Thirdly, the policy approach as described thus far doesn’t allow worldviews to have more influence over some individuals than others - perhaps individuals who have skills that one worldview cares about far more than any other; or perhaps individuals in worlds where one worldview’s values can be fulfilled much more easily than others’. Intuitively speaking, we’d like worldviews to be able to get more influence in those cases, in exchange for having less influence in other cases. In the epistemic approach, this is addressed via variance normalization across many possible worlds - but as discussed above, this could be significantly affected by how you differentiate the possibilities (and also what your prior is over those worlds). I think the policy approach can deal with this in a more principled way: for any set of possible worlds (containing people who follow some set of worldviews) you can imagine the worldviews deciding on how much they care about different decisions by different people in different possible worlds before they know which world they’ll actually end up in. In this setup, worldviews will trade away influence over worlds they think are unlikely and people they think are unimportant, in exchange for influencing the people who will have a lot of influence over more likely worlds (a dynamic closely related to negotiable reinforcement learning).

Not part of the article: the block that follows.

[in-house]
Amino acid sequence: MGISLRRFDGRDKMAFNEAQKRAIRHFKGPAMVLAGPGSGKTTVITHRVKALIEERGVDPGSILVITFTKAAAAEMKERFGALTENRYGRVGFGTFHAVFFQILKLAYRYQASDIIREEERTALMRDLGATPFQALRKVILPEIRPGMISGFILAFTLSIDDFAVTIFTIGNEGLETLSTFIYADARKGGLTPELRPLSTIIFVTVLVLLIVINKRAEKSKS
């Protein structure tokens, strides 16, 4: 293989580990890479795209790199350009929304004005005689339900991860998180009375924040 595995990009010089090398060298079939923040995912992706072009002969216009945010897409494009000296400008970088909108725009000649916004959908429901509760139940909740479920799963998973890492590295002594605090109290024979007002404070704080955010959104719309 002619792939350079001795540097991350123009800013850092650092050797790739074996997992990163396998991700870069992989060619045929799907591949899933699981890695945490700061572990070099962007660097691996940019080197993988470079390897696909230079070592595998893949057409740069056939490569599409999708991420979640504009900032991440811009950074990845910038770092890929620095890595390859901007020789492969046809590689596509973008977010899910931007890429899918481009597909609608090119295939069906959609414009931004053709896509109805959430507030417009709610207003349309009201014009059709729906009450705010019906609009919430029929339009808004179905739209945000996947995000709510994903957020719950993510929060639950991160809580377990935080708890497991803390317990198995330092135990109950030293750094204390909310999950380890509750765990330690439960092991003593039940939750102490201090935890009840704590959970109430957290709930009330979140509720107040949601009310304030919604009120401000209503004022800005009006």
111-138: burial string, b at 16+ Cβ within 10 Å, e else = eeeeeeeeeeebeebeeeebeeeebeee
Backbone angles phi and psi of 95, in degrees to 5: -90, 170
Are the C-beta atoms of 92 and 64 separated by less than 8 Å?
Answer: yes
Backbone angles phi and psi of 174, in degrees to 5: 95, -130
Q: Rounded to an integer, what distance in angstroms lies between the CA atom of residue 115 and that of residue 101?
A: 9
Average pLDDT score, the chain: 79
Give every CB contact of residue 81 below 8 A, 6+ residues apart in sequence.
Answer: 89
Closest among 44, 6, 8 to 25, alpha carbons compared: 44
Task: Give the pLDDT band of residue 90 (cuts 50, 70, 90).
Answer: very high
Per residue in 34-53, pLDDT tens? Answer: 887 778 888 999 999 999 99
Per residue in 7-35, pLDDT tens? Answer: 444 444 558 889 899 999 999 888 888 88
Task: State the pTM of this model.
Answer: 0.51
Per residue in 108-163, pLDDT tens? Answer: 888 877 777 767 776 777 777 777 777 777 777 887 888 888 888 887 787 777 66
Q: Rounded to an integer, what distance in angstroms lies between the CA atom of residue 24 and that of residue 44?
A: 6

This also allows us a natural interpretation of what we’re doing when we assign weights to worldviews: we’re trying to rederive the relative importance weights which worldviews would have put on the branch of reality we actually ended up in. However, the details of how one might construct this “updateless” original position are an open problem.

One last objection: hasn’t this become far too complicated? “Reducing” the problem of epistemic deference to the problem of updateless multi-agent negotiation seems very much like a wrong-way reduction - in particular because in order to negotiate optimally, delegates will need to understand each other very well, which is precisely the work that the whole meta-rationality framing was attempting to avoid. (And given that they understand each other, they might try adversarial strategies like threatening other worldviews, or choosing which decisions to prioritize based on what they expect other worldviews to do.)